Integrated Criminal Justice System Reform
Change in the roles and duties of the Attorney General’s Office has in fact been accommodated by the proposed Criminal Procedure Code Bill. This is evident from the provisions of Article 46, paragraph (3) and (4).
Article 46 paragraph (3): If the public prosecutor still finds deficiencies in relation to a case file, the public prosecutor may ask the investigator to conduct additional investigations by giving instructions directly or can conduct additional inquiries prior to transferring to the court the implementation of which is coordinated with the investigator.
Article 46 paragraph (4): In subsequent case inquiries if necessary certain legal action to facilitate the conduct of hearings in court or the execution of judicial decisions, the public prosecutor can take legal action himself or ask for investigation assistance to be conducted.
These two articles affirm that the public prosecutor represents the party in control of a case at the investigation stage, even though the case is conducted by a different agency. The writer would add that despite the expanded authority of the attorney general in coordinating investigations, the Bill is not yet able to make the position of the attorney general into that of mediator in the event that the problem of sectoral egos arises between law enforcement agencies in the conduct of a case.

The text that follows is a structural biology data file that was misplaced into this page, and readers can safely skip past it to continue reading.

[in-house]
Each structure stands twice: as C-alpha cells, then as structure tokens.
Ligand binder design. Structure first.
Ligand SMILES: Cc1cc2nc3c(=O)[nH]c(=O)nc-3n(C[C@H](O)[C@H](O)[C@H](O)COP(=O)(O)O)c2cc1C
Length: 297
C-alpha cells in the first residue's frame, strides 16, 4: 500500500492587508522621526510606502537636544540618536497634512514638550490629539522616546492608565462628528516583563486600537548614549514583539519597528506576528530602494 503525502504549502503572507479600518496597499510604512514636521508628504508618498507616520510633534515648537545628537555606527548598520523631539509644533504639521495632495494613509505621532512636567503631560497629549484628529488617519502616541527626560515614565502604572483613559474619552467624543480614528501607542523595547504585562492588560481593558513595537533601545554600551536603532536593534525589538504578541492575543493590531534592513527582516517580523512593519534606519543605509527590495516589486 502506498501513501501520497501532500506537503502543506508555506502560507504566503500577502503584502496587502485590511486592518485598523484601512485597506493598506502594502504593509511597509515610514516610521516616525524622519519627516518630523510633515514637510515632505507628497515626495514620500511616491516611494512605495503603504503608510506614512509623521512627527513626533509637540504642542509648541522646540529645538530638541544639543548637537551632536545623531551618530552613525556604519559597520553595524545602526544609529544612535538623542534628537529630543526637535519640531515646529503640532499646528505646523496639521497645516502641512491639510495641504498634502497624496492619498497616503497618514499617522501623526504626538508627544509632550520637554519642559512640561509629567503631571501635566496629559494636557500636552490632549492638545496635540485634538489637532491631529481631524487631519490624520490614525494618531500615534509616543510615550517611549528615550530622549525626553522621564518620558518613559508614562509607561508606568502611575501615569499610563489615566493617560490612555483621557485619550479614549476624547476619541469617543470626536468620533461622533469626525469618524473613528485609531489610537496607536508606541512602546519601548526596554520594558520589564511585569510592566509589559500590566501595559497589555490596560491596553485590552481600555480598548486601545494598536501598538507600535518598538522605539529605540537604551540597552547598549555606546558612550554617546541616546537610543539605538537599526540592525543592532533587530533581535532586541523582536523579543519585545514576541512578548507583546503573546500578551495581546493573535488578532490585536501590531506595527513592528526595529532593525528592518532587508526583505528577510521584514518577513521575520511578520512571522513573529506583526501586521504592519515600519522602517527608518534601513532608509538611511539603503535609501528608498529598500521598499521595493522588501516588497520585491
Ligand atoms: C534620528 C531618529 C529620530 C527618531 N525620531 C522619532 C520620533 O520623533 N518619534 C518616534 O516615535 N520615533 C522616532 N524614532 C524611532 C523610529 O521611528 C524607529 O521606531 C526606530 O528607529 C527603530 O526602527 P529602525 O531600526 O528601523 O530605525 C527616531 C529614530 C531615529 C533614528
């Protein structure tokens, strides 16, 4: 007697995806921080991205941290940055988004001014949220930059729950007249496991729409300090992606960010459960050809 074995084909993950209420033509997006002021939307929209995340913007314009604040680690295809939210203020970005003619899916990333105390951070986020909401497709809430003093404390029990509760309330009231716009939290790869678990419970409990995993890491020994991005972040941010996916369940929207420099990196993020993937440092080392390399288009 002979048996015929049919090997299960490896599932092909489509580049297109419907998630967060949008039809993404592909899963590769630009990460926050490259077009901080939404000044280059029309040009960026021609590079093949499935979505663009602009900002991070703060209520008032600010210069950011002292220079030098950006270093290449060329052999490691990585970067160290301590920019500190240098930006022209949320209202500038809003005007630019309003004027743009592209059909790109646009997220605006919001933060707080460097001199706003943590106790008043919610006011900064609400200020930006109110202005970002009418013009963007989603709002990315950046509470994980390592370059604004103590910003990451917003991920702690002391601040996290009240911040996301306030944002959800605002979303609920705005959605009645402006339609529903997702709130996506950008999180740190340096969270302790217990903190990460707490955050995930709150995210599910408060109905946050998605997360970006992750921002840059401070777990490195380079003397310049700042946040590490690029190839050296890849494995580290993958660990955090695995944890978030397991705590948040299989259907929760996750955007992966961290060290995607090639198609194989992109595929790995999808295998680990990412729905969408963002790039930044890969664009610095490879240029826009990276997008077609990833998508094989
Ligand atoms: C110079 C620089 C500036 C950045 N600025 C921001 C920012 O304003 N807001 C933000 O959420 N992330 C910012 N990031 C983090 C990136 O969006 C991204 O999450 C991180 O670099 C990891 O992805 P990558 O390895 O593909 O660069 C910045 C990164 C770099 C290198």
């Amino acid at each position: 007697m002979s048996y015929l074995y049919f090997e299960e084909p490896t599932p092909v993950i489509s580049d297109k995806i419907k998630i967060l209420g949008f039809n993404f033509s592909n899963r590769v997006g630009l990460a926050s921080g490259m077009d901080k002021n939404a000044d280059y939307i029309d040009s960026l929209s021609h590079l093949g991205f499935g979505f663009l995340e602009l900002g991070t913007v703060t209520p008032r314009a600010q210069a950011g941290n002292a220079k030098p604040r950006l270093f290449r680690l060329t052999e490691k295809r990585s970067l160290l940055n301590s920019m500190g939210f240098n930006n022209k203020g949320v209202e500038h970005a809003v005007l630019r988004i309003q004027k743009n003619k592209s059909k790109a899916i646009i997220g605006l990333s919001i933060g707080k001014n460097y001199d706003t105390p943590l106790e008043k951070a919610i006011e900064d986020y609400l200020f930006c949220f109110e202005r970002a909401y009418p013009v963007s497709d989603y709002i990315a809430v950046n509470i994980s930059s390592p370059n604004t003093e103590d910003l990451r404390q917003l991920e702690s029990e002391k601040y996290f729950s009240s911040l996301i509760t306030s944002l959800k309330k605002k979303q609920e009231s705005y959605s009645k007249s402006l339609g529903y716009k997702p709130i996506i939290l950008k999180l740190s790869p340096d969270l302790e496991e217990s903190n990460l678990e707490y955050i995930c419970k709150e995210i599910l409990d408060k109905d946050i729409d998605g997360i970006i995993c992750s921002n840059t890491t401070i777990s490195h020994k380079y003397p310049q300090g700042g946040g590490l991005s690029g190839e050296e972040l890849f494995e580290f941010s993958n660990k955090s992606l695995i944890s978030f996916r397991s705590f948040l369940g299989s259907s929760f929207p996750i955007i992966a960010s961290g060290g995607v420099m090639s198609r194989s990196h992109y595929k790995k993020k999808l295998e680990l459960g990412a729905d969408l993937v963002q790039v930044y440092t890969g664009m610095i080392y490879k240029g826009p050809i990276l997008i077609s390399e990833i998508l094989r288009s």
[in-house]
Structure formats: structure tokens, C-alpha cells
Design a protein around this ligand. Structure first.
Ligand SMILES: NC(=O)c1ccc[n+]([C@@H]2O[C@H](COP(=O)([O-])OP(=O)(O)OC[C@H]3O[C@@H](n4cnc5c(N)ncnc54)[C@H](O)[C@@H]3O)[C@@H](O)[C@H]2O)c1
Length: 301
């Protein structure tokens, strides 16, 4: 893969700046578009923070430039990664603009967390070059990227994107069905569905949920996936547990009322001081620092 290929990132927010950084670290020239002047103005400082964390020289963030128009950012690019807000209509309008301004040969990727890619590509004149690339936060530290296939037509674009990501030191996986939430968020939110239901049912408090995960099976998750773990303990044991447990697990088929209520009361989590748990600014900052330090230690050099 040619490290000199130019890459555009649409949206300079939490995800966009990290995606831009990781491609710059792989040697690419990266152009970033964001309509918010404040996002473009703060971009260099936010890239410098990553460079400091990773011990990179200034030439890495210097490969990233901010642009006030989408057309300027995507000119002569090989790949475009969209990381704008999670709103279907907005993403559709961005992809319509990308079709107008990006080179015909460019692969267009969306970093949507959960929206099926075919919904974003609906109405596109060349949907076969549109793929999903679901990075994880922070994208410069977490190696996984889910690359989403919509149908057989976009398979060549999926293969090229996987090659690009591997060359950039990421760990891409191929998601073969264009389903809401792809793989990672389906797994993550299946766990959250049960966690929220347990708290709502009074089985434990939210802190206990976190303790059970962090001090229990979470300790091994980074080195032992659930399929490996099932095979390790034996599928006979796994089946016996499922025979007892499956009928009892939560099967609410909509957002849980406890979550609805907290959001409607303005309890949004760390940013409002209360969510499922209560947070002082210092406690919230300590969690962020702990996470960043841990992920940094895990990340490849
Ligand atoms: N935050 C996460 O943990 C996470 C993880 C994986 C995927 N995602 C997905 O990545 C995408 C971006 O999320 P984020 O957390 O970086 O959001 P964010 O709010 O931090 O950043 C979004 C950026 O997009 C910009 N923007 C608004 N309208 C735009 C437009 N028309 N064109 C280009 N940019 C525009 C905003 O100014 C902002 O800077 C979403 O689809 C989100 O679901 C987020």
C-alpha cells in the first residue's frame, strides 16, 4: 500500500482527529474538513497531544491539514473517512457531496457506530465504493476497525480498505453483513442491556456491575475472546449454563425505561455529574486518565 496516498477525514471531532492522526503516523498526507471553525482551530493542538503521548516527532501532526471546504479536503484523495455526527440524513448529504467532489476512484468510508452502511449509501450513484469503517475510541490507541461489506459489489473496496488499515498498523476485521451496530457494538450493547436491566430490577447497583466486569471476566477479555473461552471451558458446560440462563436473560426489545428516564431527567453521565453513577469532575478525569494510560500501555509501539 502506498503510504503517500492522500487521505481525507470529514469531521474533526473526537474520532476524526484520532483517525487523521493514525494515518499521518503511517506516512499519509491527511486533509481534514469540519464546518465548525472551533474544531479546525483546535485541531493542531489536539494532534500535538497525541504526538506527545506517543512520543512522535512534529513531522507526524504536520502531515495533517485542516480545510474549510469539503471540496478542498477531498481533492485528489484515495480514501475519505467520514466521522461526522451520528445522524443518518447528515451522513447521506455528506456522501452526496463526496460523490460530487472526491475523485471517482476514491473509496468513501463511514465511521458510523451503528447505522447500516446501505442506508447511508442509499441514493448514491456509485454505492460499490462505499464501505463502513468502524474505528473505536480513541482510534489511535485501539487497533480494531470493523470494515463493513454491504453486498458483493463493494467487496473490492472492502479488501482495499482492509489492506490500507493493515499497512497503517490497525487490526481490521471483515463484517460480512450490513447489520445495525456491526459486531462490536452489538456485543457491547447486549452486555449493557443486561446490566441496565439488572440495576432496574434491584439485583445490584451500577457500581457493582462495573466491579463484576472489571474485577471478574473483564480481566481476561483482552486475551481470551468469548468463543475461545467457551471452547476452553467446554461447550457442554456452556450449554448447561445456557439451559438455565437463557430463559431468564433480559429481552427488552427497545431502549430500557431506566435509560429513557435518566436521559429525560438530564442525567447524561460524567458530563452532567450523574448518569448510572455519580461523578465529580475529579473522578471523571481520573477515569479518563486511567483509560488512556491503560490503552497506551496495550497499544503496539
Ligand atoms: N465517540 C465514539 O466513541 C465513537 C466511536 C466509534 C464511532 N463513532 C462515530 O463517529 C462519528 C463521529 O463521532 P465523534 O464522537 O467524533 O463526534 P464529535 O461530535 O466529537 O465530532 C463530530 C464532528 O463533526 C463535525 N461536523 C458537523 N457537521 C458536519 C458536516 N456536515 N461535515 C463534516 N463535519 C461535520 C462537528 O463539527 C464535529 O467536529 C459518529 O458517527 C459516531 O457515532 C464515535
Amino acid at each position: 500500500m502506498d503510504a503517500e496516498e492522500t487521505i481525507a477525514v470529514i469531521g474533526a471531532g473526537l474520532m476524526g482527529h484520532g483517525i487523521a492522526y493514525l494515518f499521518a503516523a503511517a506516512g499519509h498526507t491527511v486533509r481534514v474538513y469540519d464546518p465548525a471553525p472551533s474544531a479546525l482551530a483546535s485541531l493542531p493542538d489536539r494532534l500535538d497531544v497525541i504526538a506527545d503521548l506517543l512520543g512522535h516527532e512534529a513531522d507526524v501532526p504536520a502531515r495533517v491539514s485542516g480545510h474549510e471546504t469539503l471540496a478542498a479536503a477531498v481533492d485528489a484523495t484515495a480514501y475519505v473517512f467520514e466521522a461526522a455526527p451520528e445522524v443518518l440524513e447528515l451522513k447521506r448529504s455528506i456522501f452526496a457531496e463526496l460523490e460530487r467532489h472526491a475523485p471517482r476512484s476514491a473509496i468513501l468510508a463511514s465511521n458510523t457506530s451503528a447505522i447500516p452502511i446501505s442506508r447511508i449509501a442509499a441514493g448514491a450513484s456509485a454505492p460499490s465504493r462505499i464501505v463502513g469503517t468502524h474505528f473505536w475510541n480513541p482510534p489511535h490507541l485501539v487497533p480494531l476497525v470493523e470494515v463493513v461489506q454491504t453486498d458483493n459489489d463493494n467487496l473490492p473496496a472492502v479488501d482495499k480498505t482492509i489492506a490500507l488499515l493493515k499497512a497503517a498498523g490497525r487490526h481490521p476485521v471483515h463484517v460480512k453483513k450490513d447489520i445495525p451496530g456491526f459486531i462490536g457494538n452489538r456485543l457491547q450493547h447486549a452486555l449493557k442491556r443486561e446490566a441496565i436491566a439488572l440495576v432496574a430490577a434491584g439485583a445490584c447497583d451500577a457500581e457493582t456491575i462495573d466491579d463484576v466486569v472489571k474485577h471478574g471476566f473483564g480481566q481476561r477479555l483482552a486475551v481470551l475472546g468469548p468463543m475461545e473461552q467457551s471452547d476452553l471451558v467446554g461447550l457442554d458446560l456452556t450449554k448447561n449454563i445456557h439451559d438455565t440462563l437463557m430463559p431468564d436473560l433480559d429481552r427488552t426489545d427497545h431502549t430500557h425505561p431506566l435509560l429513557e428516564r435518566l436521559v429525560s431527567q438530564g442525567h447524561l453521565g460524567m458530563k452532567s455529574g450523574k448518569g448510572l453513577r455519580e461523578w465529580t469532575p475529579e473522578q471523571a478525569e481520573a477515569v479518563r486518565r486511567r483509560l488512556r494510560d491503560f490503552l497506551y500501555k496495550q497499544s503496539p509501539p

In relation to this problem, solutions can be suggested from the example of criminal justice systems in other countries. Examples include: 1. Coordination between police and prosecutors in the Netherlands is provided for by the Wet Bijzondere opsporingsbevoegd-heden, the Special Powers of Investigation Act or BOB, which came into force on 1 February 2000. This provides that the public prosecutor’s office is the appropriate agency to lead a criminal investigation. 2. Changing the hierarchy and position of the attorney general in Indonesia to be like that in the United States. By positioning the attorney general to be at the same time the Minister of Justice representing the highest agency in control of a case and the use of one investigation warrant (Surat Perintah Pemeriksaan or SPP).
Hopefully the case between the Corruption Eradication Commission and the Indonesian National Police will create momentum for improvement in the criminal justice system in Indonesia. At the same time hopefully it will be a forum that demonstrates the role of the Indonesian Attorney General as the dominus litis agency which is in control of criminal cases. Finally it is to be hoped that reform of the criminal justice system and the future operation of the criminal justice system will be based solely on legal perspectives without being influenced by considerations of a political nature.